Only students identified as at risk for Type 2 diabetes were recruited for this study. Participants were identified as being at high-risk for developing Type 2 diabetes because they had a blood relative currently diagnosed with the disease. None reported having diabetes. The majority of participants (42.3%) reported having a parent with Type 2 diabetes, 31.4% a grandparent, 14.1% a sibling, and 12.2% an aunt/uncle. Table 1 summarizes the health profile of participants by gender on several health indicators. The health status of participants was measured using the Body Mass Index (BMI) and the “Diabetes Risk Test” ( The BMI was used as an objective measure of whether participants were underweight, normal weight, overweight or obese. The mean BMI score for the total sample was 26.7 (considered overweight) with 57.7% of the sample classified as overweight and/or obese and 56.3% of Latinas and 60.3% of Latinos falling under this classification. Only 38.5% of the sample was classified to be at a healthy weight. The “Diabetes Risk Test” developed by the American Diabetes Association ( which identifies individuals to be at a low, moderate, or high risk for diabetes was used to quantify persons’ level of risk. Of the total sample, 30.7% were “low risk,” 44% were “low to moderate risk,” and 25.3% were “high risk.” Based on this test a greater percentage of females were identified to be at “moderate” and “high” risk for developing diabetes in the future, with 28% of females compared to 20% of males in the “high risk” category. A t-test analysis on the diabetes risk scores by gender confirmed that female participants were at significantly greater risk of developing diabetes than were males, t(101) = 2.32, p. <.05.

Table 1
Health Profile of Participants

Study Design

The findings to be reported represent a partial analysis of a larger National Institutes of Health funded project that examines the health beliefs, behavioral patterns, and health outcomes of Latino college students who are at risk for Type 2 diabetes. The Health Belief Model (HBM) addresses factors influencing the linkage between health knowledge, attitudes, beliefs, and behaviors. The HBM postulates that individuals’ health behaviors are influenced by illness beliefs, perceptions of health risk and views regarding taking preventive action. In this study we chose to examine Latino folk beliefs regarding the causes of diabetes within a socio-cultural framework that considered age, gender, immigrant status, and acculturative differences.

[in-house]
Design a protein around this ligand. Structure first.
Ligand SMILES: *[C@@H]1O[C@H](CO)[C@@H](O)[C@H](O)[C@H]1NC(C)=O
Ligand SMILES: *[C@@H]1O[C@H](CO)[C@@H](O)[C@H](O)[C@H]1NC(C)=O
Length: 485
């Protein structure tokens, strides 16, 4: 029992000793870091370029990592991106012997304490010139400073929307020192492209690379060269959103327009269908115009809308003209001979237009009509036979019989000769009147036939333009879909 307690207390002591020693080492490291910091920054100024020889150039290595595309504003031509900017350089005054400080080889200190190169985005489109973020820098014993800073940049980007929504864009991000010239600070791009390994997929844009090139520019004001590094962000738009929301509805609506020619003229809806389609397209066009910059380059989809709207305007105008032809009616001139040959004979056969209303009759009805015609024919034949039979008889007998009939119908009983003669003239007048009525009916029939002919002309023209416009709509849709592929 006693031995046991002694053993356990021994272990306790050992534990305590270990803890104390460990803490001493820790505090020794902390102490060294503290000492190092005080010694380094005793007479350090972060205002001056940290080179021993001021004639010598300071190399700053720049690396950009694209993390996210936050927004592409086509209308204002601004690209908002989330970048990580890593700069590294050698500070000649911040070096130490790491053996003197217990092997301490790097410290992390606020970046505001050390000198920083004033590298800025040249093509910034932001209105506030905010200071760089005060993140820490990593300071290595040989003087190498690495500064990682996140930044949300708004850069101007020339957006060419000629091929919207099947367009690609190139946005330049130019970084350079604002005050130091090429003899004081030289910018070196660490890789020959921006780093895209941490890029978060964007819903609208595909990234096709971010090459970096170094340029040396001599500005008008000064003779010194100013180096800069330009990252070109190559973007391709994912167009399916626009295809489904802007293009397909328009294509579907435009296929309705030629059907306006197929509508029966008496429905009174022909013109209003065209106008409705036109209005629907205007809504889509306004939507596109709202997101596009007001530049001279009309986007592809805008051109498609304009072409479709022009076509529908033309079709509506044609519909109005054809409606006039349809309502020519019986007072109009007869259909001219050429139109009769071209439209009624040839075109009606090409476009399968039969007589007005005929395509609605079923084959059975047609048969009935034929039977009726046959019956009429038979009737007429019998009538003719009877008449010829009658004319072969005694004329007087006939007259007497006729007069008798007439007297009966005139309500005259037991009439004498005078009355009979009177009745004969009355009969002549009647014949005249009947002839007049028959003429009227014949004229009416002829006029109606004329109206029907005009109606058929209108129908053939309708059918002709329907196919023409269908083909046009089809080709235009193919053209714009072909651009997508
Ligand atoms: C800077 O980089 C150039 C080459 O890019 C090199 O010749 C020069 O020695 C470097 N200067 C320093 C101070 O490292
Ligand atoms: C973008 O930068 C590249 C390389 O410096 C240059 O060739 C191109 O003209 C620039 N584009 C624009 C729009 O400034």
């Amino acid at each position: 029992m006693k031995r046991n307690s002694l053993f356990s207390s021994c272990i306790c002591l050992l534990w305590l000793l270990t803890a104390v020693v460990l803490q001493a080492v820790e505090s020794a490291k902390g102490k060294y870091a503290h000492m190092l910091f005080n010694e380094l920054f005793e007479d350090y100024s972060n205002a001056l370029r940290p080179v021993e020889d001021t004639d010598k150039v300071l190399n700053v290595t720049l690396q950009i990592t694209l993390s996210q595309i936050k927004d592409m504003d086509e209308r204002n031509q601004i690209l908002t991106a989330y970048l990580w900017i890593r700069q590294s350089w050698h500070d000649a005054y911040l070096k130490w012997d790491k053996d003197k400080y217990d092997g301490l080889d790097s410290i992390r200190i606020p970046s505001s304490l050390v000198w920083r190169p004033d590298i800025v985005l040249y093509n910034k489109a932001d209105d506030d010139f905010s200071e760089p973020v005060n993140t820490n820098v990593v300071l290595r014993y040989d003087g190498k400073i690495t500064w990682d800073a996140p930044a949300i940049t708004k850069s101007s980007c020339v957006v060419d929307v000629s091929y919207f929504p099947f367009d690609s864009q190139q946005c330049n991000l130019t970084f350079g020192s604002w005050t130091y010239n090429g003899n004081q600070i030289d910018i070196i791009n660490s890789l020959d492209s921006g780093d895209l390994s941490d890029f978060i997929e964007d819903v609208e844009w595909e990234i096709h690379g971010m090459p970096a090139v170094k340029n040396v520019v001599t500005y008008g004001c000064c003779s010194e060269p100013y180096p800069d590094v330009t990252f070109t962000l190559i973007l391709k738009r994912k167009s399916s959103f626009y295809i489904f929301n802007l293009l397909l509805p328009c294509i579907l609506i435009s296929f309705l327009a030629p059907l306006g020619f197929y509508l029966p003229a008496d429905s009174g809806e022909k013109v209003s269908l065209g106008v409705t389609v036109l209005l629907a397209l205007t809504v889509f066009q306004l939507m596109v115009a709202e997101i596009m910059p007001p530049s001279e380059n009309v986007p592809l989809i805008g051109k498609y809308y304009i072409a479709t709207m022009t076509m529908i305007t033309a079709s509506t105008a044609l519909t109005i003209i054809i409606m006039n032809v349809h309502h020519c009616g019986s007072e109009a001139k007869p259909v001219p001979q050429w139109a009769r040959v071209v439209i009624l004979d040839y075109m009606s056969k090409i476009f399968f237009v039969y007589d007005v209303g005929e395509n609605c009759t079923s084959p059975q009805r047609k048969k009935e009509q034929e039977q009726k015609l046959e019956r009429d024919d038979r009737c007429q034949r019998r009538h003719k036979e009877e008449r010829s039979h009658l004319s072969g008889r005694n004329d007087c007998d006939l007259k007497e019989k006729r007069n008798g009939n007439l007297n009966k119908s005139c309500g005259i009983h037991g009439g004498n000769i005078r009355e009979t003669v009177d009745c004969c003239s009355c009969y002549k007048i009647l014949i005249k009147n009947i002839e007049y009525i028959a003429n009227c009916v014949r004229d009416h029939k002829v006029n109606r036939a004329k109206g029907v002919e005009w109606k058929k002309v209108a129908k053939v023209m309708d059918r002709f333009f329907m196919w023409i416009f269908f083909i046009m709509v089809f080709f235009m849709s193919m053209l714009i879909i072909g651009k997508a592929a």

Sociodemographic Data

Sixteen items were used to describe the sample profile. For example, respondents were asked to report on ethnicity, gender, age, family income, generational status, and health profile related to BMI and NIH diabetes risk score.

Psychological Acculturation

The AHIMSA Scale (Unger, Gallaher, Shakib, Ritt-Olson, Palmer, & Johnson, 2002) consists of eight items that tap into a person’s socio-cultural orientation (i.e., Anglo, Bicultural/Integrated, or Hispanic) to life in a multicultural society. Sample items of the AHIMSA Scale include: “I am most comfortable being with people from ….;” “My favorite music is from ….;” and “The way I do things and the way I think are from ….” The scale is scored by counting endorsements of each item separately for each response category resulting in four separate variables. Endorsing United States reflects “assimilation,” endorsing the country where my family is from reflects “separation,” endorsing both countries reflects “integration” and endorsing neither reflects “marginalization.” Scores on the four resulting variables range from 0 to 8 with higher scores indicating positive endorsement of the variable. For example, AHISMA produces a variable score on assimilation. The four variables are related to socio-cultural acculturation.

Causes of Illness

Participants completed the 14-item causes of illness questionnaire developed by Klonoff & Landrine (1994). Items regarding the potential causes of diabetes were scored on a 5-point scale with the end points being 1 (definitely false) and 5 (definitely true). Higher numbers indicated that participants’ considered the item as a cause of diabetes. Principal component analyses conducted by these authors on their sample of college students revealed four factors of illness representations that comprised the following dimensions: emotional (anxiety, anger, stress, relationships), punitive (own fault, sin, sexual activity, punishment), natural (germs/infection, accidental, and cold/drafts), and mystical retribution (God’s will, punishment, bad blood, and genes/heredity). Cronbach alpha reliability indices for the four factors of illness scales were not reported.


The participants were recruited through flyers and announcements in classrooms, clubs, and organization meetings. The criterion for inclusion in the study was that participants were Latino and have a parent, aunt/uncle, sibling, and/or grandparent diagnosed with Type 2 diabetes. Potential participants were contacted and screened by a research assistant and those that qualified were scheduled for an appointment to complete a self-administered paper-and-pencil questionnaire.

Participants signed an informed consent prior to answering the questionnaire which took approximately 45 minutes to complete. A researcher was available to answer participants’ questions otherwise interaction was kept to a minimum. Each participant was paid US$15 for taking part in the study. As part of the debriefing procedure, each participant viewed a short educational film provided by the NIH and received brochures on the causes and preventions of diabetes. All participants were treated in accordance with the ethical standards stipulated by the American Psychological Association (American Psychological Association, 2002).